The main part of the fort offers a walking tour of the different structures within the fort. Along the surrounding walls of the fort are several mounted cannons. Under the heavy walls within the fort are barracks and sleeping quarters. There are tunnels leading to mine chambers that can each hold one thousand pounds of gunpowder. Building a heavy walled fort on the sands of Santa Rosa Island had its design problems. To support the weight of the fort on the soft sand, engineers resorted to an old design of arches, which are designed to distribute weight. In parts of Fort Pickens overhead arches, along with reverse arches in the foundation, were used to spread the fort’s weight to minimize settling. A reverse arch is a downward arch and, when it was used in conjunction with the overhead arch, was able to support considerable weight. There are several examples of this combination at Fort Pickens.
Arched doorways Ft Pickens M1566.jpgArched doorways Ft Pickens M1566.jpg    Double arches at Ft Pickens M1571.jpgDouble arches at Ft Pickens M1571.jpg Double arches at Fort Pickens M1573.jpgDouble arches at Fort Pickens M1573.jpg

Attractions of the National Seashore
            Besides Fort Pickens and the beach along the Gulf Islands National Seashore, there are nature trails to enjoy and appreciate the different forms of life contained on a barrier island. The Blackbird Marsh Nature Trail is on the bay side of Santa Rosa Island. The Dune Nature Trail is on the Gulf side of the island and offers a boardwalk over the fragile and changing landscape of the sand dunes. The area also has an amphitheater, picnic grounds, and a visitor center and museum.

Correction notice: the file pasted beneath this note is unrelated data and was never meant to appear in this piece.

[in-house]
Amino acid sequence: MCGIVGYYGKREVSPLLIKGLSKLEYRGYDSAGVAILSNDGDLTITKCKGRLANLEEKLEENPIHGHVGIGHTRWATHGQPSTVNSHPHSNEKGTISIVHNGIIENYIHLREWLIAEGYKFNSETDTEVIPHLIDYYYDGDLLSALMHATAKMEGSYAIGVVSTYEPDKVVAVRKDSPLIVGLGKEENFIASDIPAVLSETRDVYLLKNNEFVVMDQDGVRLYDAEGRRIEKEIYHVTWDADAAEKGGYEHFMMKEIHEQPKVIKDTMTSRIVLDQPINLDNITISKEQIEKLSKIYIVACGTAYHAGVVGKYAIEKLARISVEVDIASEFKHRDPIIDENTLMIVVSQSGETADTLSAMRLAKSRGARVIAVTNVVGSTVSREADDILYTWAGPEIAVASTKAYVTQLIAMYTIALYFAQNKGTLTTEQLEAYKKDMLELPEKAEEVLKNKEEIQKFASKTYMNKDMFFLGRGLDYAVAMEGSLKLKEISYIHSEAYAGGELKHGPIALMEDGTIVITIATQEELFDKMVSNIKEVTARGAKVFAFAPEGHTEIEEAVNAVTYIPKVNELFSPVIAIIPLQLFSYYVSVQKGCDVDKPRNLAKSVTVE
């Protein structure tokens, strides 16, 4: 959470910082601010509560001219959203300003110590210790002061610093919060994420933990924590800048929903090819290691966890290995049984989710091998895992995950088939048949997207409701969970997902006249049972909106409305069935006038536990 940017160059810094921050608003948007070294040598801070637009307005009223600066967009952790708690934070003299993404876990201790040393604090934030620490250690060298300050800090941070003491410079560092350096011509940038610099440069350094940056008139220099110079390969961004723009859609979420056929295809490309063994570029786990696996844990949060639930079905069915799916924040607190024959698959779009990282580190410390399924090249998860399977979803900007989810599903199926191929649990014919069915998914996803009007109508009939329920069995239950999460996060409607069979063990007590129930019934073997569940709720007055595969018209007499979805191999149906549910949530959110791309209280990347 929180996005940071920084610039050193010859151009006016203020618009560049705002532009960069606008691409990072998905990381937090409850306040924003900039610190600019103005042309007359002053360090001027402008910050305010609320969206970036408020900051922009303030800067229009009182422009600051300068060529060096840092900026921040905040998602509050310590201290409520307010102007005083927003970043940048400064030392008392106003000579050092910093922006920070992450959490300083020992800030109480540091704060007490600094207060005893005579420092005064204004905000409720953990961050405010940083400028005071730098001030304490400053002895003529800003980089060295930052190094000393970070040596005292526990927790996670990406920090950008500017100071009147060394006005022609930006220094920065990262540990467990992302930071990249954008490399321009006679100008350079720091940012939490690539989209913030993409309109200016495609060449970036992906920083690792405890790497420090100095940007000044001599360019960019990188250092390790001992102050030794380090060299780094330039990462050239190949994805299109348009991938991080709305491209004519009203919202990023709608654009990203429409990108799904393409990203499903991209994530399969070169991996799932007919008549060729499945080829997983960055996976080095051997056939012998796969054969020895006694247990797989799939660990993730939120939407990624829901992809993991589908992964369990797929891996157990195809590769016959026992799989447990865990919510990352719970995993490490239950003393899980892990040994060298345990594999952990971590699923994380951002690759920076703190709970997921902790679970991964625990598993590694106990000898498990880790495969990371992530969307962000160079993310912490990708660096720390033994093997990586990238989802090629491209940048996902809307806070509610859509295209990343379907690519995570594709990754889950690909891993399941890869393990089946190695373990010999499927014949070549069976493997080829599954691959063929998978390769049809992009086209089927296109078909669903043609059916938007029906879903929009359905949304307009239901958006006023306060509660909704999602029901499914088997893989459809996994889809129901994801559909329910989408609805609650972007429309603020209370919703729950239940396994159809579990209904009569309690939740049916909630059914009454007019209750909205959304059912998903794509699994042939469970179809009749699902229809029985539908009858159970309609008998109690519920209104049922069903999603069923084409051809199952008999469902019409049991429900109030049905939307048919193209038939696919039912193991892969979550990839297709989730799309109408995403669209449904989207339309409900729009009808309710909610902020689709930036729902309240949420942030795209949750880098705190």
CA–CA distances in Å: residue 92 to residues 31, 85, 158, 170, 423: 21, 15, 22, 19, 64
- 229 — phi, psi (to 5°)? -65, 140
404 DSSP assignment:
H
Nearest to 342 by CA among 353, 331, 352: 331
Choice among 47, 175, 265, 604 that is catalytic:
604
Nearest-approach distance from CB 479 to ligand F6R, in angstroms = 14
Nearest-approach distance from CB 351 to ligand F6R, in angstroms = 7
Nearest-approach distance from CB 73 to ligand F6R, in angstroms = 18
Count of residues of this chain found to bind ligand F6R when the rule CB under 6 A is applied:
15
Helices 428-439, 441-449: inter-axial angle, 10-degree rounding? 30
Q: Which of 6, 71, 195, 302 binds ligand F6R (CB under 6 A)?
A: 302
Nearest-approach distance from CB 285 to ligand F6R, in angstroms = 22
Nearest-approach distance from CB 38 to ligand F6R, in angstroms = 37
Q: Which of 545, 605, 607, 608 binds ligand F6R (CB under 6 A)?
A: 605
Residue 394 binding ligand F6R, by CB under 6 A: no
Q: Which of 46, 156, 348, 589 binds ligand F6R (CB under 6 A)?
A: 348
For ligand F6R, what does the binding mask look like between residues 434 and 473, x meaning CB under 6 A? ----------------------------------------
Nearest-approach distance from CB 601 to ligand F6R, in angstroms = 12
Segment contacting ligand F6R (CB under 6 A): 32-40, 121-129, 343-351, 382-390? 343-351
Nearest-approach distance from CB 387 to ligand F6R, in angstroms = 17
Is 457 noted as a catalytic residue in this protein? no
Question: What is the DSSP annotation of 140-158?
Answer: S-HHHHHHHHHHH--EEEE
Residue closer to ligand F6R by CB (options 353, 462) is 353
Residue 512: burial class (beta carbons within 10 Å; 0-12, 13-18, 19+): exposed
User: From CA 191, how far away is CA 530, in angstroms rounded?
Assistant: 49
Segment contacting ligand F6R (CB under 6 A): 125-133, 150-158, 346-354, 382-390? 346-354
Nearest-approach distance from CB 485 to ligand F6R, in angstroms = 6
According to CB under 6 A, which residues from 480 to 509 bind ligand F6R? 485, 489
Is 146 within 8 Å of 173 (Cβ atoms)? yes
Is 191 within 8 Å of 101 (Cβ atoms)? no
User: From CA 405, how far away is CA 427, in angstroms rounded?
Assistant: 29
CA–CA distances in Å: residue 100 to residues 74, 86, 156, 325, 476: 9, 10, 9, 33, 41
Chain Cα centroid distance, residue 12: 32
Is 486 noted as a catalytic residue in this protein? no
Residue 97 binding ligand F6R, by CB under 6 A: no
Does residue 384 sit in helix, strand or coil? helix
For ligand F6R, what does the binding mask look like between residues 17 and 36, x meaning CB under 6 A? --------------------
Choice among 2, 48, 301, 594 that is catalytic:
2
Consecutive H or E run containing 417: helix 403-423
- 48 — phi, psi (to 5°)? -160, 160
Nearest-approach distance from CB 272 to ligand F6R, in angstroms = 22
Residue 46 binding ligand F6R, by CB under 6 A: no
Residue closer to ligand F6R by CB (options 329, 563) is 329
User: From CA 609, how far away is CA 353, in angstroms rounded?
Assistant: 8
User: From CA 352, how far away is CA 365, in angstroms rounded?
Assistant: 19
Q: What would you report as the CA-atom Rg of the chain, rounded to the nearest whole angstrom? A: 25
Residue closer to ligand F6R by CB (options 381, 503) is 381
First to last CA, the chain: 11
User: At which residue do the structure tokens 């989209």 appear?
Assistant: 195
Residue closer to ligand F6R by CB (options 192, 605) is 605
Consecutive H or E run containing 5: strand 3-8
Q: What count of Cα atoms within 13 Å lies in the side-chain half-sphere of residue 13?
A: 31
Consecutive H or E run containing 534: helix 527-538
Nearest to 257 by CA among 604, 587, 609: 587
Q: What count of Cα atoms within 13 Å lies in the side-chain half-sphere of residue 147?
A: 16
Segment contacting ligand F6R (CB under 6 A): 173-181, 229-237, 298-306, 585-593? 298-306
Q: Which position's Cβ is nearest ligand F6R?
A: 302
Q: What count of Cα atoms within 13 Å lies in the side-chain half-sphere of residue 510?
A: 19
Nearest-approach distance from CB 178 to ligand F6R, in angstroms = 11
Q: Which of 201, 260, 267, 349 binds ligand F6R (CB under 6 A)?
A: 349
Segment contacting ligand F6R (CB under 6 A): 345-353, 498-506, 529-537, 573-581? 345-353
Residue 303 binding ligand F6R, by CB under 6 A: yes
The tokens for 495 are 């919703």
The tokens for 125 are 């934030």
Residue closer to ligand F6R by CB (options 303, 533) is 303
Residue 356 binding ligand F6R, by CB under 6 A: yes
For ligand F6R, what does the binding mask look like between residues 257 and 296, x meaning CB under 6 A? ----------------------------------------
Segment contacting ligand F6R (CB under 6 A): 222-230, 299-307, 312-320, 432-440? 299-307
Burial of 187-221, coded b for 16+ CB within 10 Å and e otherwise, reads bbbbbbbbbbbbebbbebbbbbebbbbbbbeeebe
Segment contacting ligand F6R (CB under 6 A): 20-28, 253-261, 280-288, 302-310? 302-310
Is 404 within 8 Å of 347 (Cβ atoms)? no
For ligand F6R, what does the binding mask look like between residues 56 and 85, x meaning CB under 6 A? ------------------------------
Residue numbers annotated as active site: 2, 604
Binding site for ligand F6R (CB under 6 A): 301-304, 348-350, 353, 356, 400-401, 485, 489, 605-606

On the bay side of the island adjacent to Fort Pickens a fishing pier extends into Pensacola Bay. No license is required and fishing is permitted twenty-four hours a day. However, a night owl permit is required to use the pier when the park is closed. One can be obtained from the campground registration office.
            The campground for the Gulf Islands National Seashore and Fort Pickens has approximately two hundred sites many with electrical hookups. A campground store offering groceries and supplies is located near the campground reservation office. In addition to the camping fee, there is an entrance fee of $8 for the Gulf Island National Seashore and Fort Pickens and is good for seven days. 
Getting there
            To get to the Santa Rosa Island section of Gulf Islands National Seashore and Fort Pickens, take Highway 399 south from US Highway 98 in Gulf Breeze. Gulf Breeze is the first city across the Pensacola Bay Bridge out of Pensacola along US 98. From Interstate 10, take I-110 through Pensacola to the US Highway 98. Follow the signs to the Pensacola Bay Bridge. In Gulf Breeze, look for Highway 399 and signs to Pensacola Beach and Fort Pickens. 
            The extreme western part of Florida offers visitors the same white sandy beaches as the more notable sections and more. Fort Pickens and the Gulf Islands National Seashore near Pensacola Beach is a great place to get a way from the crowds and soak up sunshine and history at the same time.